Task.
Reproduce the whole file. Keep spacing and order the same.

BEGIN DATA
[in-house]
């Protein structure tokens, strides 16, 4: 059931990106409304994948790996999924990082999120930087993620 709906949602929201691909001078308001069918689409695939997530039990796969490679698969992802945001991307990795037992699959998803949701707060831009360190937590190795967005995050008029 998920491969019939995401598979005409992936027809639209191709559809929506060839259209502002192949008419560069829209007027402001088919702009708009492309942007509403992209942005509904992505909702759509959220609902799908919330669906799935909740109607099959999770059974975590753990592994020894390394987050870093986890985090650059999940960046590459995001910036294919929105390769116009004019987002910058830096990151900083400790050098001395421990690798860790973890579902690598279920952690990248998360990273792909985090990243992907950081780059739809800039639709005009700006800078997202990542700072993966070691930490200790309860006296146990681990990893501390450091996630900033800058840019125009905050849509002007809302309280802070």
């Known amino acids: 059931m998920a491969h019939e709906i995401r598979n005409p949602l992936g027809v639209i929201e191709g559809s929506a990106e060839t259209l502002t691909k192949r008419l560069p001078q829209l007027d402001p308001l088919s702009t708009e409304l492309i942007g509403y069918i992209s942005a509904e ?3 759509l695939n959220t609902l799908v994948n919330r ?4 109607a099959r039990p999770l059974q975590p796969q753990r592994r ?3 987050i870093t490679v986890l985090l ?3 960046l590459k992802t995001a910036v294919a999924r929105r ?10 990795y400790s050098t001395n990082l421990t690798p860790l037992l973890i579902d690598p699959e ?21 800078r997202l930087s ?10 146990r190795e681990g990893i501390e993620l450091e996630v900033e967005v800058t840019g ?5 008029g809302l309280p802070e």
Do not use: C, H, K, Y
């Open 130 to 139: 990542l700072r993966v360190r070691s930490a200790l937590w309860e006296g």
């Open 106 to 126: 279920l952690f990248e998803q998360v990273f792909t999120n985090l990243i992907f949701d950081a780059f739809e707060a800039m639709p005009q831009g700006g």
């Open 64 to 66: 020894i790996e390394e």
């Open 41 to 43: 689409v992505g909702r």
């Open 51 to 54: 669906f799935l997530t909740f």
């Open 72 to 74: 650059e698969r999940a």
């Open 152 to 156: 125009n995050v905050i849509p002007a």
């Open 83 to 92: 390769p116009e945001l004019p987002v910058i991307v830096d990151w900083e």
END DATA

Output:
[in-house]
């Protein structure tokens, strides 16, 4: 059931990106409304994948790996999924990082999120930087993620 709906949602929201691909001078308001069918689409695939997530039990796969490679698969992802945001991307990795037992699959998803949701707060831009360190937590190795967005995050008029 998920491969019939995401598979005409992936027809639209191709559809929506060839259209502002192949008419560069829209007027402001088919702009708009492309942007509403992209942005509904992505909702759509959220609902799908919330669906799935909740109607099959999770059974975590753990592994020894390394987050870093986890985090650059999940960046590459995001910036294919929105390769116009004019987002910058830096990151900083400790050098001395421990690798860790973890579902690598279920952690990248998360990273792909985090990243992907950081780059739809800039639709005009700006800078997202990542700072993966070691930490200790309860006296146990681990990893501390450091996630900033800058840019125009905050849509002007809302309280802070």
């Known amino acids: 059931m998920a491969h019939e709906i995401r598979n005409p949602l992936g027809v639209i929201e191709g559809s929506a990106e060839t259209l502002t691909k192949r008419l560069p001078q829209l007027d402001p308001l088919s702009t708009e409304l492309i942007g509403y069918i992209s942005a509904e ?3 759509l695939n959220t609902l799908v994948n919330r ?4 109607a099959r039990p999770l059974q975590p796969q753990r592994r ?3 987050i870093t490679v986890l985090l ?3 960046l590459k992802t995001a910036v294919a999924r929105r ?10 990795y400790s050098t001395n990082l421990t690798p860790l037992l973890i579902d690598p699959e ?21 800078r997202l930087s ?10 146990r190795e681990g990893i501390e993620l450091e996630v900033e967005v800058t840019g ?5 008029g809302l309280p802070e």
Do not use: C, H, K, Y
């Open 130 to 139: 990542l700072r993966v360190r070691s930490a200790l937590w309860e006296g």
């Open 106 to 126: 279920l952690f990248e998803q998360v990273f792909t999120n985090l990243i992907f949701d950081a780059f739809e707060a800039m639709p005009q831009g700006g």
């Open 64 to 66: 020894i790996e390394e």
């Open 41 to 43: 689409v992505g909702r």
């Open 51 to 54: 669906f799935l997530t909740f």
């Open 72 to 74: 650059e698969r999940a």
């Open 152 to 156: 125009n995050v905050i849509p002007a």
């Open 83 to 92: 390769p116009e945001l004019p987002v910058i991307v830096d990151w900083e």